Sh2-189: = Abell 3, 02 12 07.6 +64 10 18, 2': With 8-inch unfiltered, I a very small, very faint non stellar round glow, difficult, identified by looking at the DSS plates.

Sh2-250: near NGC1633/1634 (galaxies) 04 40 10.8 +07 21 47, 10': There is a very faint sweep of nebula running parallel to two bright stars, N-S, brightest view with the 8-inch Ha.  In the 4-inch I see these sweeps extend further to the NE in much fainter wisps.  I did not notice the two NGC galaxies, which seemed stellar (at least I sketched them as stars in my notebook--they are the two close bright spots just to the north of center in the image, blue hash marks).

Sh2-251: 04 32 49.0 +05 51 46 35': Very weak wisps of cloud orientated N-S toward a triangle of bright stars, seen as a very faint contrast change which moves with the scope.  Galaxy Map: "Sh 2-250 and Sh 2-251 appear to be areas of nebulosity within the Orion-Eridanus superbubble, like Sh 2-245. The superbubble is ionised by ultraviolet radiation from the hot stars of the Ori OB1 association."

Sh2-252: = NGC2174/2175/IC 2159 "Monkey Head", 06 09 38.7 +20 30 01, 40': Very bright nebula, easy in the 4-inch Ha, best for detail in the 8-inch and Ha+OIII.  Many stars within the nebula, which sweeps in many combed layers from the westers wall (dark nebula cutoff) to the west then curves upward.  The interior is heavily mottled with dark and bright wisps.  The nebula evaporates from the northern end into thin streams half the length of the main nenula.  Vogel: "surrounds the NGC 2175 star cluster in the depths of the Gemini giant molecular clouds."

Sh2-253: 06 25 43.0 +20 01 41, 5' With 8-inch Ha, short, weak streak of nebulosity with ragged ends, intermingled with numerous stars.  Vogel: "Distance: 4400 pc, Size: 6.4 pc Sh 2-253 is probably ionised by stars in the Bochum 1 (C 0622+198, more or less centered in the image) star cluster, including the B 1.5 V class LS V +20 40."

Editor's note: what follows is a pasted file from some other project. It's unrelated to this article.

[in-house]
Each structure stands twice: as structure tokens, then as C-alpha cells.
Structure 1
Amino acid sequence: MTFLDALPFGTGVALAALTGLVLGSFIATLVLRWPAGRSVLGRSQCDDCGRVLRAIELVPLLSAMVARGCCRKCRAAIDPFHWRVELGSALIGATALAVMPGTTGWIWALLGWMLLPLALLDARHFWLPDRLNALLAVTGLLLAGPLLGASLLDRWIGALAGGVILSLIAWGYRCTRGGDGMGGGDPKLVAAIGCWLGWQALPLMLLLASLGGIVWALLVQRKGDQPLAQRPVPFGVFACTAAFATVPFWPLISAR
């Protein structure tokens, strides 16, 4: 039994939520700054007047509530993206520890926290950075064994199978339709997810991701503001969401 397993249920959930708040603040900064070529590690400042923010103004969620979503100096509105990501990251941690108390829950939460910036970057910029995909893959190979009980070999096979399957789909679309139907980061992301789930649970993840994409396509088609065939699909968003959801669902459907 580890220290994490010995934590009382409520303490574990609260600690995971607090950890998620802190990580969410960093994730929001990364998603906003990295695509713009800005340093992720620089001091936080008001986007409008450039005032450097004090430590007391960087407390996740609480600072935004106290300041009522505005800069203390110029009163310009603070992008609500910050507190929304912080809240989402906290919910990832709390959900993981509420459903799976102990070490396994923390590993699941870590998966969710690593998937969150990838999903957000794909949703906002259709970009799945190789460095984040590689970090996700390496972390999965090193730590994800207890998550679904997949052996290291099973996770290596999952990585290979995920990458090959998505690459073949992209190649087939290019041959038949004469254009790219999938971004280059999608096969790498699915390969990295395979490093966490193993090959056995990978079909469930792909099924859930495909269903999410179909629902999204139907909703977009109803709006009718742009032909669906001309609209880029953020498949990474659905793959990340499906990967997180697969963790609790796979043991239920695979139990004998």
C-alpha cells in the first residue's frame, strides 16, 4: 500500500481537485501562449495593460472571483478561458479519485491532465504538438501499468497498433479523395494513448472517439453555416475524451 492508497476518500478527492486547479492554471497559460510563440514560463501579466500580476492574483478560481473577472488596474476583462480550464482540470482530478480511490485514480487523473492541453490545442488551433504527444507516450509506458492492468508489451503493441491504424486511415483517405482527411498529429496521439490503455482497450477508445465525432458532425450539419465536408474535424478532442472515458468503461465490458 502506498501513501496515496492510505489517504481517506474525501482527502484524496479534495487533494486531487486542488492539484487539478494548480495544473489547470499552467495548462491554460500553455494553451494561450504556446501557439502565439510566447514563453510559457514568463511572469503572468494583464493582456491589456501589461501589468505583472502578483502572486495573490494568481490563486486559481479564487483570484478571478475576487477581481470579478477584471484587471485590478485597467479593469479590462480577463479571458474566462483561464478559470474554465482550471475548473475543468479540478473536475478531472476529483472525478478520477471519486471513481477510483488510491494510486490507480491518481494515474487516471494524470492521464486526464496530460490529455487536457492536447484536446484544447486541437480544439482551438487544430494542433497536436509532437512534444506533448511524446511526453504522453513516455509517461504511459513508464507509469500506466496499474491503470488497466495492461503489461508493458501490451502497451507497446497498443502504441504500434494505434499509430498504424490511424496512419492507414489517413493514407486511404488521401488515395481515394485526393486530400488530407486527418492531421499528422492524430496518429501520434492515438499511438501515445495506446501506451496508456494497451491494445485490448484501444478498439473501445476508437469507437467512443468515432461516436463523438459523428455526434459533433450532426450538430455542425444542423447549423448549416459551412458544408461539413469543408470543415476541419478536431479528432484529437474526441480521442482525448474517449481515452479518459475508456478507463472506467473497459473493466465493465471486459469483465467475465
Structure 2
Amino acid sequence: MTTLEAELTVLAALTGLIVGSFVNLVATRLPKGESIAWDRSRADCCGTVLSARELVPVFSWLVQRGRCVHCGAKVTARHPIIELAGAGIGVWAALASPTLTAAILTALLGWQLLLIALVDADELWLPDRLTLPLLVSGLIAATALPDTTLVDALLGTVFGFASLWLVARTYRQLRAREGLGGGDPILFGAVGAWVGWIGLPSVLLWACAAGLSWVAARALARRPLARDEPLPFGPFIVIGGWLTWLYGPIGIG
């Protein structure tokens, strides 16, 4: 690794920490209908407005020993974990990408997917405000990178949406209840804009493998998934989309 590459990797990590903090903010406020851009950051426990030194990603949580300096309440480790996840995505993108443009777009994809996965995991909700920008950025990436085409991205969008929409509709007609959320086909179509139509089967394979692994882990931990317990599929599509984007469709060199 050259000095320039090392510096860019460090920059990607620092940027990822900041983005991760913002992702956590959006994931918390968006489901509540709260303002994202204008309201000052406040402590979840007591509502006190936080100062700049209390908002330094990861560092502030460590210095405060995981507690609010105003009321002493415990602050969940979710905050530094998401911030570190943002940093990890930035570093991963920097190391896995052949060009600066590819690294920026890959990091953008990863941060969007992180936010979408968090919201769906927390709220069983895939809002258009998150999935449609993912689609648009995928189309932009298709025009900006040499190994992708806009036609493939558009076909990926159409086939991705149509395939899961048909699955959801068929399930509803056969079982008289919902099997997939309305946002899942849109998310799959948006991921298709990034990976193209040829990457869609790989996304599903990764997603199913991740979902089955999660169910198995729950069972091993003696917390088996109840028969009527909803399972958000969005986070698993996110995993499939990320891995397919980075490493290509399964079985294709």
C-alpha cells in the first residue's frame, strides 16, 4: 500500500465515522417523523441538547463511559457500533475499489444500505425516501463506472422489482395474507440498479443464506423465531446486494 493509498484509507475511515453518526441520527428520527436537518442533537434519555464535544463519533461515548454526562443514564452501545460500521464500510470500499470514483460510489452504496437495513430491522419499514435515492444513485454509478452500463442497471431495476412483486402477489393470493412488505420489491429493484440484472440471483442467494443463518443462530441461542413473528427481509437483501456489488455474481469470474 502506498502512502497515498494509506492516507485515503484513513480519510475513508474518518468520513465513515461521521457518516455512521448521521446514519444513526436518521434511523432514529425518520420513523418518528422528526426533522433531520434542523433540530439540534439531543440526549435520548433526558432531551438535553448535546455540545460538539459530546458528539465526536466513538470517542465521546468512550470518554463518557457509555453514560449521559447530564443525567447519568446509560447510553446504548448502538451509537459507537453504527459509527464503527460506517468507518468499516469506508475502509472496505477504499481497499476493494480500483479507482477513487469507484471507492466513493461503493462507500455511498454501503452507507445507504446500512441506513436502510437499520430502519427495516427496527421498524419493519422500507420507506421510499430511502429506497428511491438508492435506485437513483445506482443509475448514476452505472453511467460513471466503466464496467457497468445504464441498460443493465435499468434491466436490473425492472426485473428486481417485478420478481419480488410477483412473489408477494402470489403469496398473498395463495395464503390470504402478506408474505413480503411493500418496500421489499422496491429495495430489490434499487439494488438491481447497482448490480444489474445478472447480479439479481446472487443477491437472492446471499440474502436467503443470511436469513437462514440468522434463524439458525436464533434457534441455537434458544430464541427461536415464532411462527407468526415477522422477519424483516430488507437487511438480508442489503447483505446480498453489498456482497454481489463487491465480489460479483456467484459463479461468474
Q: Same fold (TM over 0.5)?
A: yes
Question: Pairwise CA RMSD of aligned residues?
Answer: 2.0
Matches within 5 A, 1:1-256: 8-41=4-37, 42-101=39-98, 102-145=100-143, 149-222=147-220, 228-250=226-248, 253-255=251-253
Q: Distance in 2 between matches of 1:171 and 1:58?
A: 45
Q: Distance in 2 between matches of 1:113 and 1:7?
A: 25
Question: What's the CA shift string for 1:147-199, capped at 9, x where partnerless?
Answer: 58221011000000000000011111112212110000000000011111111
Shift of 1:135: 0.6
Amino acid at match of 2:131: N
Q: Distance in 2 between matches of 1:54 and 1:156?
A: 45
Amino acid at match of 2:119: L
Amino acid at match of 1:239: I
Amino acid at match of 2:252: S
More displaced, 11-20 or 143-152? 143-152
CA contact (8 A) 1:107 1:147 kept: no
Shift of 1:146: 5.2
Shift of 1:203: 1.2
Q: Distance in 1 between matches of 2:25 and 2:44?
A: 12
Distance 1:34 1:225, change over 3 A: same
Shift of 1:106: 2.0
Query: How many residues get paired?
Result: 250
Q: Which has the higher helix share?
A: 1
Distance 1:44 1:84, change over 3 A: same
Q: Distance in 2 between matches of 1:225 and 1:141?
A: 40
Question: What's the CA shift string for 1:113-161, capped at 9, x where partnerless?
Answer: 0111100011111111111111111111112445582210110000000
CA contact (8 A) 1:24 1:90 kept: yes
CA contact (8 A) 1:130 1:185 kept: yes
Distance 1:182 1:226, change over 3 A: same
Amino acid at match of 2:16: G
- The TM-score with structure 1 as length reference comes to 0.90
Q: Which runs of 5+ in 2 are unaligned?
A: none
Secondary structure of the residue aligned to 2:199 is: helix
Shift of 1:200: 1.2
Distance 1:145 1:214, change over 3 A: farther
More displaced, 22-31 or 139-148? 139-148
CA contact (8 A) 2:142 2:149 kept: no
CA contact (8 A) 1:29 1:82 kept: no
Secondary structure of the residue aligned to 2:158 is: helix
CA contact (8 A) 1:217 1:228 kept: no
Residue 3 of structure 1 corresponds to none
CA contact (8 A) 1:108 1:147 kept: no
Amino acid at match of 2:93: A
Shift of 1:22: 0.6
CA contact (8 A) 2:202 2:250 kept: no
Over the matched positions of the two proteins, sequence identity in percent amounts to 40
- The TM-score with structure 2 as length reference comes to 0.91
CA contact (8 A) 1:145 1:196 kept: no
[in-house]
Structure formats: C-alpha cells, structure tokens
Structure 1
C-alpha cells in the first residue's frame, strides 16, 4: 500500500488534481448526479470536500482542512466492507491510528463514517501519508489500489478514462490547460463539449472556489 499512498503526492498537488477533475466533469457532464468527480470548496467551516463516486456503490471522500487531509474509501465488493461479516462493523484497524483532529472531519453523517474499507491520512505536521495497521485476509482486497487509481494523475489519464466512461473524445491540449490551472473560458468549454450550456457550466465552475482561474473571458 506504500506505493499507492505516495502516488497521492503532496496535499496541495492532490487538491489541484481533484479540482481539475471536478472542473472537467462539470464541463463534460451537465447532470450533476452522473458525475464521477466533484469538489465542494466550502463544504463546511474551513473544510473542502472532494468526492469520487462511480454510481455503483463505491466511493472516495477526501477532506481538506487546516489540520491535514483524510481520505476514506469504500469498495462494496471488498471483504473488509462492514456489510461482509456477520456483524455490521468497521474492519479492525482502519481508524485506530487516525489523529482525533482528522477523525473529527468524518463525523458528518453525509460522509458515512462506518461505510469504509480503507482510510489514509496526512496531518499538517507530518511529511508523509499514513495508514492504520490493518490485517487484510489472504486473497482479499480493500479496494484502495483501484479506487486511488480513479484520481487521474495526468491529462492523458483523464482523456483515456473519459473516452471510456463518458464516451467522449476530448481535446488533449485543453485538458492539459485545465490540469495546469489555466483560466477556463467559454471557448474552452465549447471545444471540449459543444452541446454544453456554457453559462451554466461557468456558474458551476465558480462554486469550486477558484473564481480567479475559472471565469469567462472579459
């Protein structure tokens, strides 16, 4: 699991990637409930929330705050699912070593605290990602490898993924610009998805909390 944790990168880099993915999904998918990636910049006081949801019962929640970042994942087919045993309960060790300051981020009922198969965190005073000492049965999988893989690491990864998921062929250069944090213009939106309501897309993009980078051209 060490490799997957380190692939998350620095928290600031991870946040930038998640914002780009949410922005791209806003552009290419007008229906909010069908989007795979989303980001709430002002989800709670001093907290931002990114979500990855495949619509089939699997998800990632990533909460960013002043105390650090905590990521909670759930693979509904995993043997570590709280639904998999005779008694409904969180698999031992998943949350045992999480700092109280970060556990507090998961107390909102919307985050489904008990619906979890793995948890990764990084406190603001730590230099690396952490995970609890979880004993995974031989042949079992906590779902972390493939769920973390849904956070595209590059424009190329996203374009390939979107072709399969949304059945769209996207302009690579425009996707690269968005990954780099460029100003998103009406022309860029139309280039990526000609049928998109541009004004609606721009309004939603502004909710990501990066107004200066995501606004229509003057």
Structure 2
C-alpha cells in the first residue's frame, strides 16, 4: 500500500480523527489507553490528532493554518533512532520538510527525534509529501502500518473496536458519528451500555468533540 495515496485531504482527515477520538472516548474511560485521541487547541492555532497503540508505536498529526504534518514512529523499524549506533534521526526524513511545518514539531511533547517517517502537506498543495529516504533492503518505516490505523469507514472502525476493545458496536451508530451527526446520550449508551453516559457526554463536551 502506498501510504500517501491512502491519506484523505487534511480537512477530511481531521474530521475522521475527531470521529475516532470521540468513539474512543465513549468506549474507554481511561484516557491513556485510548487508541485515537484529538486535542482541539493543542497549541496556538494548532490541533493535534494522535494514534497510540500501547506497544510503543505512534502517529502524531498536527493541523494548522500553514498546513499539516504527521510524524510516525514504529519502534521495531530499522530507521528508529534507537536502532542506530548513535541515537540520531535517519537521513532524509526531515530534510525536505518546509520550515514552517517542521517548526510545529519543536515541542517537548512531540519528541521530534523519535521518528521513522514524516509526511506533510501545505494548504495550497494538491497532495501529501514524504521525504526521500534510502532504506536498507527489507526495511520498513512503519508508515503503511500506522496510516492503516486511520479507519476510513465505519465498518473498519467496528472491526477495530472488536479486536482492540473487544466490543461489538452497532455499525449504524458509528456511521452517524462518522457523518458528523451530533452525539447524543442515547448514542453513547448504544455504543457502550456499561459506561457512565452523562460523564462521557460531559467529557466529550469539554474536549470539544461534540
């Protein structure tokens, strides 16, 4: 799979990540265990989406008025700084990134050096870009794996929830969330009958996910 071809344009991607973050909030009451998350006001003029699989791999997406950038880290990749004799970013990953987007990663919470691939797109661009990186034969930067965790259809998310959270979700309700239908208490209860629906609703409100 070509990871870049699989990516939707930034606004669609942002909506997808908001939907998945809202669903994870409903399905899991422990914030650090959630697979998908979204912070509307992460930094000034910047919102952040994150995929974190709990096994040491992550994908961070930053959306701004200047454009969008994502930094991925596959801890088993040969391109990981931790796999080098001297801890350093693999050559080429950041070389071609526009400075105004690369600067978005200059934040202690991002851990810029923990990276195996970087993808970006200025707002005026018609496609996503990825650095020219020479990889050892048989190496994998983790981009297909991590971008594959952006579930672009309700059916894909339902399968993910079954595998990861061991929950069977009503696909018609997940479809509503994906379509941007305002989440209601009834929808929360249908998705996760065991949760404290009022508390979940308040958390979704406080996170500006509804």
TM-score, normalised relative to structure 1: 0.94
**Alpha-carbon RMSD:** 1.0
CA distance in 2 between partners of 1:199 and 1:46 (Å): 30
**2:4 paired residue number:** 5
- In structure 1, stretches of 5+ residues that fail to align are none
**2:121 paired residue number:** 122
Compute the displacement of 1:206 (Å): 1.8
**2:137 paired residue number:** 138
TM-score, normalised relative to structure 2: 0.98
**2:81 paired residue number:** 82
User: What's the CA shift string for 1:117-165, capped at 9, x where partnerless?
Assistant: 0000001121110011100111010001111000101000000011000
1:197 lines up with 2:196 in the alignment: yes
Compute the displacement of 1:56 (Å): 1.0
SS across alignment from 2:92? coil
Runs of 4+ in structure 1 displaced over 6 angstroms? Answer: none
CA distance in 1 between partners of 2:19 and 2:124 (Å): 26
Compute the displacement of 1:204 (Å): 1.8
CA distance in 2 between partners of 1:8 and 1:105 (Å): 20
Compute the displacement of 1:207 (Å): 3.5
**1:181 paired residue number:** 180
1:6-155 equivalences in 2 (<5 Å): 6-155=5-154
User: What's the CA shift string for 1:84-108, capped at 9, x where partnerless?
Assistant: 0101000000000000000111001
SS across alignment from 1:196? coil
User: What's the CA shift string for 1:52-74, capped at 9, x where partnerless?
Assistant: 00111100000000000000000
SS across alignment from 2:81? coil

Sh 2-254: 06 12 20.5 +18 02 37, 11'
Sh 2-255: 06 13 08.4 +17 58 31, 3'
Sh 2-256: 06 12 38.3 +17 56 35, 1'
Sh 2-257: IC 2162 06 12 50.4 +17 58 33, 3'
Sh 2-258: 06 13 32.3 +17 55 27, 1'
Really interesting!  First impression is of a snowman that's been toppled over.  Bright, nearly uniform round glows, each with a central star, in a row, with -254 the westernmost and largest, then -257 to the east with a slight gap, and -255 further east with a somewhat larger gap.  Each with soft edges.  -256 is a small but bright oval glow, and -258 is detatched from the group, a very small round glow around a faint star (which I would not have noticed if not for the label on the DSS plate).  8-inch Ha.  Vogel: "Distance: 2000 pc, A molecular cloud with 27 thousand solar masses surrounds the Sh 2-254 to Sh 2-258 HII and star formation region."

Sh2-259: 06 11 36.7 +17 26 44, 2': Unfiltered 8-inch, appears as a very small, fairly faint sunnyside-up egg, but with an incomplete circular glow around three stars.  Galaxy Map: "This HII region lies in the direction of the Gem OB1 molecular clouds but its distance seems to make it a background object in the outer Cygnus arm. It is centred around the B1 V star ALS 18669."

Sh2-260: 04 55 07.0 +05 39 43, 22' 4-inch Ha, Large, very vague and extremely faint, roughly triangular contrast change, but I can't detect any detail.  Vogel: "This red filamentary nebulosity is in the general direction of the Taurus dark cloud. It is most likely associated with the Lambda Orionis ring (Sh 2-264)."

Sh2-261: = Lower's Nebula, 06 08 56.6 +15 48 07, 45': 8-inch and Ha+OIII.  Large, bright, round, with a comma-shaped tail to the north.  Brighter section to the south.  Heavily mottled and broken-up nebula, with numerous stars inside.  Beautiful, a showpiece. Vogel: "appears to be ionised by the O7.5V runaway star HD 41997" -- so it may be a temporary illumination of this part of the sky.  Vogel indicates which parts of the nebula are seen best with visual filters, but I saw the whole thing together with PVS-14 and dual band Ha+OIII.

Sh2-262: 05 06 44.7 +06 10 04, 20' Seen with the 4-inch, brighter with the 8-inch Ha.  Fairly large nebula streams diagonally from a long "L" shaped asterism, very faint and scattered cloud.  Vogel: "Distance: 900 pc, Size: 5.2 pc, This nebula is most likely associated with the Lambda Orionis ring (Sh 2-264)."

Sh2-263: 05 21 44.4 +08 23 56, 22': Very soft round glow to the SW of a bright star, with a defined rounded edge / dark cut-off to the northwest and very faint extensions streaming south, with more extremely faint nebula in the general area around the star.  4- & 8-inch with Ha+OIII.  Galaxy Map: "This HII region and reflection nebula is ionised by the B0-B1 V star HD 34989. Avedisova places it in star formation region SFR 195.06-11.99 as part of the Lambda Orionis ring complex along with Sh 2-264, Sh 2-265 and the dark nebula LDN 1582 (Barnard 32)"